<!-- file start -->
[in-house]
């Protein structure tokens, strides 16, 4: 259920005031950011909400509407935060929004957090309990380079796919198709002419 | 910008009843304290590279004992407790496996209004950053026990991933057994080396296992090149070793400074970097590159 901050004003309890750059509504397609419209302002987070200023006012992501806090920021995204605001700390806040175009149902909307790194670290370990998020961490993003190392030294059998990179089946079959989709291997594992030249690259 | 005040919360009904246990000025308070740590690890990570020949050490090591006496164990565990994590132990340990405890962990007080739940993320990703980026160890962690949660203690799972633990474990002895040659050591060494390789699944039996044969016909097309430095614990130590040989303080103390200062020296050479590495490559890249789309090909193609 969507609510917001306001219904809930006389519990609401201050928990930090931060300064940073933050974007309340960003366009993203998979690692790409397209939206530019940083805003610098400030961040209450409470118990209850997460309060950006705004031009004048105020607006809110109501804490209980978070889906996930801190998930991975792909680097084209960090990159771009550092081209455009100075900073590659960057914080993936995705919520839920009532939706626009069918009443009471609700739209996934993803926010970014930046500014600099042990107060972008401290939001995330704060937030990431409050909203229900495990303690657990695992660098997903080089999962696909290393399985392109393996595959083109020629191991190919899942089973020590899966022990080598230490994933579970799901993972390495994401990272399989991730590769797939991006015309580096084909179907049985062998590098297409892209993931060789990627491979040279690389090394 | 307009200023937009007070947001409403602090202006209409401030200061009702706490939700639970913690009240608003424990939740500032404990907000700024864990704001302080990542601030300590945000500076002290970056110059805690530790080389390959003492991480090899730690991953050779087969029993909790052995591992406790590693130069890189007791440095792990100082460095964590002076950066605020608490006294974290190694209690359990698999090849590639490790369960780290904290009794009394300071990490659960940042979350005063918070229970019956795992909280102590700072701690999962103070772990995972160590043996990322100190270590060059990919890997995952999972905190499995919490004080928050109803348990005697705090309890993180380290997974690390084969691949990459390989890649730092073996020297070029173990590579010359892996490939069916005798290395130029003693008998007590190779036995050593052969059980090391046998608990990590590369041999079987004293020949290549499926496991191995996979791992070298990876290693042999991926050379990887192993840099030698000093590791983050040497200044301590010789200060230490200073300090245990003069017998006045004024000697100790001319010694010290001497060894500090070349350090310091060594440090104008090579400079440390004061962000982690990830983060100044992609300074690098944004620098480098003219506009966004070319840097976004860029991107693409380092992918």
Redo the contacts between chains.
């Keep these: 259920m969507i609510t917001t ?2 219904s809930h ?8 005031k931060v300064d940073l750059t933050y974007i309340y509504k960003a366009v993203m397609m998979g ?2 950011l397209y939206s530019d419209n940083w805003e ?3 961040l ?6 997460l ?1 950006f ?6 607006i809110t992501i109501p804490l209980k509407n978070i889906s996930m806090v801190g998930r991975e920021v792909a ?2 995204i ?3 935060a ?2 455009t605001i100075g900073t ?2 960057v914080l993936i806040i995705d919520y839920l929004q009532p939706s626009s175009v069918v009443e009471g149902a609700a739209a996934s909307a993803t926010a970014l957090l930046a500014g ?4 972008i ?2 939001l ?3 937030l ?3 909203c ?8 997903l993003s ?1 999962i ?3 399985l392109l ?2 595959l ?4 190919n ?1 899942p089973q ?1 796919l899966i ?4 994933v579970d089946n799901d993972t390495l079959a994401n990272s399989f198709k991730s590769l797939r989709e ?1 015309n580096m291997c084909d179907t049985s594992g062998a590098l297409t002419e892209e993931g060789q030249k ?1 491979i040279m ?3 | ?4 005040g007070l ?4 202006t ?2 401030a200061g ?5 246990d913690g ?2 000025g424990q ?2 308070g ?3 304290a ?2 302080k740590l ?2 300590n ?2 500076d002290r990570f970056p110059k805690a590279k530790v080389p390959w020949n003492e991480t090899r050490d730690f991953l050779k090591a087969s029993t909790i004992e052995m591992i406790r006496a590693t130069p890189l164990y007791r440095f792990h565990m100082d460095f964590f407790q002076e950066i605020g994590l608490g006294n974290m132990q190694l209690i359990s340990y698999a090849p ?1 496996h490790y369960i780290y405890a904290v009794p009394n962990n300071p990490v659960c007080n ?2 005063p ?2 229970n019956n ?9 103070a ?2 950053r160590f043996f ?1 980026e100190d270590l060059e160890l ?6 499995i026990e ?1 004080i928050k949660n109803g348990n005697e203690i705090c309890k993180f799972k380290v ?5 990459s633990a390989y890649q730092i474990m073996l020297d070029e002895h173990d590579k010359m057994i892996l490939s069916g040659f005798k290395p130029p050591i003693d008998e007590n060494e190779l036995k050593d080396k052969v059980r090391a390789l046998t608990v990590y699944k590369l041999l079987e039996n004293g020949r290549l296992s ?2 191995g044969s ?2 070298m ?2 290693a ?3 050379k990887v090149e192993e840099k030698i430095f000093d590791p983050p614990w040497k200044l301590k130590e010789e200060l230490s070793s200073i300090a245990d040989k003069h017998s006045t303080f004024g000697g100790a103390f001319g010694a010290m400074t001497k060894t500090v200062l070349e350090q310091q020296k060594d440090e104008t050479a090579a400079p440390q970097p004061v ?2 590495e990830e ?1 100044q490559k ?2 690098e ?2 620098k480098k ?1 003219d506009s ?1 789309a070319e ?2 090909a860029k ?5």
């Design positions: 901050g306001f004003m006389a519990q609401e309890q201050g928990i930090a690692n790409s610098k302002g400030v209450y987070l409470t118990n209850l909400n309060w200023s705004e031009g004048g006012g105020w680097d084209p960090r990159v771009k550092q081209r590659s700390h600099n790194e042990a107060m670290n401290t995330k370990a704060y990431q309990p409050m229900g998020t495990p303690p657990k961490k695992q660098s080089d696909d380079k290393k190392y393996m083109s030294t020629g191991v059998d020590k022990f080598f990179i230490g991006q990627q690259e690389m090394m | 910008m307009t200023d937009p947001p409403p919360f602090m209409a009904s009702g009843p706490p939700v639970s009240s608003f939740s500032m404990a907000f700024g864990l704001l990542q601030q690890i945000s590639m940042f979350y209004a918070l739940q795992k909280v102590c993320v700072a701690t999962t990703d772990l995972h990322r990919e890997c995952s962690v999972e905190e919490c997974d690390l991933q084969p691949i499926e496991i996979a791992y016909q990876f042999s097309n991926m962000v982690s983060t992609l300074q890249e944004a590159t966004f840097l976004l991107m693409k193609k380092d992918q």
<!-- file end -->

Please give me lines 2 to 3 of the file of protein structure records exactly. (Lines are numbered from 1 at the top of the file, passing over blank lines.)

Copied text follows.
């Protein structure tokens, strides 16, 4: 259920005031950011909400509407935060929004957090309990380079796919198709002419 | 910008009843304290590279004992407790496996209004950053026990991933057994080396296992090149070793400074970097590159 901050004003309890750059509504397609419209302002987070200023006012992501806090920021995204605001700390806040175009149902909307790194670290370990998020961490993003190392030294059998990179089946079959989709291997594992030249690259 | 005040919360009904246990000025308070740590690890990570020949050490090591006496164990565990994590132990340990405890962990007080739940993320990703980026160890962690949660203690799972633990474990002895040659050591060494390789699944039996044969016909097309430095614990130590040989303080103390200062020296050479590495490559890249789309090909193609 969507609510917001306001219904809930006389519990609401201050928990930090931060300064940073933050974007309340960003366009993203998979690692790409397209939206530019940083805003610098400030961040209450409470118990209850997460309060950006705004031009004048105020607006809110109501804490209980978070889906996930801190998930991975792909680097084209960090990159771009550092081209455009100075900073590659960057914080993936995705919520839920009532939706626009069918009443009471609700739209996934993803926010970014930046500014600099042990107060972008401290939001995330704060937030990431409050909203229900495990303690657990695992660098997903080089999962696909290393399985392109393996595959083109020629191991190919899942089973020590899966022990080598230490994933579970799901993972390495994401990272399989991730590769797939991006015309580096084909179907049985062998590098297409892209993931060789990627491979040279690389090394 | 307009200023937009007070947001409403602090202006209409401030200061009702706490939700639970913690009240608003424990939740500032404990907000700024864990704001302080990542601030300590945000500076002290970056110059805690530790080389390959003492991480090899730690991953050779087969029993909790052995591992406790590693130069890189007791440095792990100082460095964590002076950066605020608490006294974290190694209690359990698999090849590639490790369960780290904290009794009394300071990490659960940042979350005063918070229970019956795992909280102590700072701690999962103070772990995972160590043996990322100190270590060059990919890997995952999972905190499995919490004080928050109803348990005697705090309890993180380290997974690390084969691949990459390989890649730092073996020297070029173990590579010359892996490939069916005798290395130029003693008998007590190779036995050593052969059980090391046998608990990590590369041999079987004293020949290549499926496991191995996979791992070298990876290693042999991926050379990887192993840099030698000093590791983050040497200044301590010789200060230490200073300090245990003069017998006045004024000697100790001319010694010290001497060894500090070349350090310091060594440090104008090579400079440390004061962000982690990830983060100044992609300074690098944004620098480098003219506009966004070319840097976004860029991107693409380092992918």
Redo the contacts between chains.